South-to-South Research Group on Education

About: South-to-South Research Group on Education

To establish South-to-South education research group to serve as well-placed platform to integrated Global South scholarship evidence-based solutions of how the education sector and education researchers have addressed challenges of high risk and high need in postcolonial Southern hemisphere countries.

Study area: South-to-South Research Group on Education

Objectives include:

  • Plan international research discussion.
  • Proposal being written for possible GRULAC Funding.

Role players: South-to-South Research Group on Education

  • Discussions continue – Brazil proposal to host the meeting at the University of Sao Paolo, Sao Carlos campus. Ongoing planning for colloquium in last quarter of 2017: Arrangements in collaboration with Embassies of Argentine, Columbia & Trinidada-Tobago.
  • Participating Grulac countries: Argentina, Brazil, Mexico, Columbia, Peru.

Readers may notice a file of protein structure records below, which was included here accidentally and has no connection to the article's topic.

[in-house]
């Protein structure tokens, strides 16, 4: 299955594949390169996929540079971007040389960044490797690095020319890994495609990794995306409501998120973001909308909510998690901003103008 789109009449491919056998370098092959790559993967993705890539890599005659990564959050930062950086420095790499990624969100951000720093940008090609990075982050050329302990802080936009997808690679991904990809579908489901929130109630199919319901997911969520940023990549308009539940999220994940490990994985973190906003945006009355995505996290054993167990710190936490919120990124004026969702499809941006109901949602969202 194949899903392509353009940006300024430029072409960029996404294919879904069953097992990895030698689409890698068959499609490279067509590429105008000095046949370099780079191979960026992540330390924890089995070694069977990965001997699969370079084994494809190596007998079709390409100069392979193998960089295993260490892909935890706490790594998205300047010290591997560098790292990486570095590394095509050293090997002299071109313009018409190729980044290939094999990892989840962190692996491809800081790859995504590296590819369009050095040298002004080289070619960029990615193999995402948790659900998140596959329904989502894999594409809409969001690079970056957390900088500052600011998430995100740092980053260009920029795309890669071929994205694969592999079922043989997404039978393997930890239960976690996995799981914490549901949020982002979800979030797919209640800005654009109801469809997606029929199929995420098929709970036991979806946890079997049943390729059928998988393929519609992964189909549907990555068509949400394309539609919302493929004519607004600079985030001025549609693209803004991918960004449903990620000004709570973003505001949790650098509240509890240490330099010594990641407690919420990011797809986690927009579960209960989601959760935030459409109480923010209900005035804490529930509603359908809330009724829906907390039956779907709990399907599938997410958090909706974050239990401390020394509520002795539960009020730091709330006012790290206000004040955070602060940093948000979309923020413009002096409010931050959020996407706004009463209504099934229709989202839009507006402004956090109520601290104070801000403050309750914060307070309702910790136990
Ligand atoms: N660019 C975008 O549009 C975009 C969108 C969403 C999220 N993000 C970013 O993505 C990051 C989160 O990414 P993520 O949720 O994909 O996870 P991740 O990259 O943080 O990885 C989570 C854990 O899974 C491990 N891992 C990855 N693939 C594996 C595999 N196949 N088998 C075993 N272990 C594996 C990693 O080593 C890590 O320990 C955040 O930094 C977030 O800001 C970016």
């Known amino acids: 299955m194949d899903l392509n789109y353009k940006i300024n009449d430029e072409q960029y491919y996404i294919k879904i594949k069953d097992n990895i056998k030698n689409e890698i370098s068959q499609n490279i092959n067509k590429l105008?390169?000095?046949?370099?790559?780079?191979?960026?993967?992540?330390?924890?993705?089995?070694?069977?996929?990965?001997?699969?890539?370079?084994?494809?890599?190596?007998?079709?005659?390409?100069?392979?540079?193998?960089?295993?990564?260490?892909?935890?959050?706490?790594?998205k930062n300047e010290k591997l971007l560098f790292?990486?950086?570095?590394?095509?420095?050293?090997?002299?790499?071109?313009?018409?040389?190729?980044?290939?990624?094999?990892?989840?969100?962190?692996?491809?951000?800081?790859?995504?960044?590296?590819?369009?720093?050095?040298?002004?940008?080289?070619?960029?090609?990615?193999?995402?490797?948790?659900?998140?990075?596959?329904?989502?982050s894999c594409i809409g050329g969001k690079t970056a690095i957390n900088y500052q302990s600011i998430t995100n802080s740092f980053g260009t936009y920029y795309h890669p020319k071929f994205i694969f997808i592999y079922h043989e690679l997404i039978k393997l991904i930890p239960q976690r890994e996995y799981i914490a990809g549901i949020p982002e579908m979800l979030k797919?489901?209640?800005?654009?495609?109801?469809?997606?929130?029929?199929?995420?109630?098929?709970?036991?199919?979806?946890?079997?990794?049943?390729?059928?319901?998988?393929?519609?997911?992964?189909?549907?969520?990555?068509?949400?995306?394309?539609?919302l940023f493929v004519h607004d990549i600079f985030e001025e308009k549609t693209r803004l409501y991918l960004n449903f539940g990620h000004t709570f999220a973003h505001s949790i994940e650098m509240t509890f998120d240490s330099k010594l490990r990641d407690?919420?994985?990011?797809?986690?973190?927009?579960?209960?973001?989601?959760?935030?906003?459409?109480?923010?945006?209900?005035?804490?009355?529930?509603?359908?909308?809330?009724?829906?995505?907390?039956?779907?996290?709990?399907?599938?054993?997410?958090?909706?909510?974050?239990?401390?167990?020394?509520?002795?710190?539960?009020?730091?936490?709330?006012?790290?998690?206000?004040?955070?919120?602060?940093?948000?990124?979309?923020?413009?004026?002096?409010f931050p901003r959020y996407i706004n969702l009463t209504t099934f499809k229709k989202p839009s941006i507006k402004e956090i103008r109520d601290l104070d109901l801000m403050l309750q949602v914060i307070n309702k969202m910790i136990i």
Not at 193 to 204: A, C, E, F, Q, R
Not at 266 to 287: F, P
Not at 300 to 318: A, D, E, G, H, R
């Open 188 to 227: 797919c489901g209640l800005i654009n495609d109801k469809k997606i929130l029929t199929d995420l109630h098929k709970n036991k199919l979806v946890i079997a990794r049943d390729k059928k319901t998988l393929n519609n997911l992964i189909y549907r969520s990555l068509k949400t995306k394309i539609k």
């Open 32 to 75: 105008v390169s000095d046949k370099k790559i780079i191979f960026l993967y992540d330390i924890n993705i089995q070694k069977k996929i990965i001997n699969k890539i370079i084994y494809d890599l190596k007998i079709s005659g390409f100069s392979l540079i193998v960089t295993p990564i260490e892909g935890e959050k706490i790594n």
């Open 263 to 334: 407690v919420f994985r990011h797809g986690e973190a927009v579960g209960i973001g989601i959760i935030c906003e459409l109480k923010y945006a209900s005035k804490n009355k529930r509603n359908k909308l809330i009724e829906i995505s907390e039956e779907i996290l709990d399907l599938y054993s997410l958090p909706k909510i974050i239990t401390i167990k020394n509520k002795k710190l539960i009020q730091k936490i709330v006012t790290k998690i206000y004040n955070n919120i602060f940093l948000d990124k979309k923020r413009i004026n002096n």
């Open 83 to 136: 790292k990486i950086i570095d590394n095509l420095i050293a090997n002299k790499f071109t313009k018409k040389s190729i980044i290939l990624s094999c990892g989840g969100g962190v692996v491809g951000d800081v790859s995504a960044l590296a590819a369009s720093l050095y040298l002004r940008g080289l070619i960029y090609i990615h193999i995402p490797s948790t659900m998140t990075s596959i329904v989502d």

Symposia: South-to-South Research Group on Education

Previous symposia and roundtables include:
  • Lima, Peru (2016)
  • Sao Paolo, Brazil (2016)
  • San Antonio, Texas (2017)
  • Hong Kong, China (2017)
  • Cape Town, South Africa (2018)
In building research capacity on this topic short-term objectives include:
  • intentional discussions in upcoming regional meetings – i.e. organise sessions (symposia, roundtables, plenaries) with a specific topic on 'Global South Education Research';
  • international conferences (i.e. WERA): similar thematic sessions;
  • regional journals: invite manuscripts for Special Issues on the topic of 'Global South Education Research'

Meetings: South-to-South Research Group on Education

GRULAC Meeting: 16 May 2016

The Centre for the Study of Resilience hosted a South-to-South (GRULAC) meeting with respective ambassadors on 16 Mei 2016 at the Postgraduate Research Commons, Education Library, Faculty of Education, University of Pretoria. The meeting envisioned for scientists from the global south to work together. Prof Liesel Ebersöhn indicated that shared global south characteristics included being postcolonial tradition, as well as using science to inform transformation towards equity and social justice and equitable distribution of resources. Other contextual commonalities include strong indigenous knowledge systems, urban-rural continuum in settlement, as well as traditions in mining and agriculture. The relevance of annual or bi-annual colloquia were discussed.

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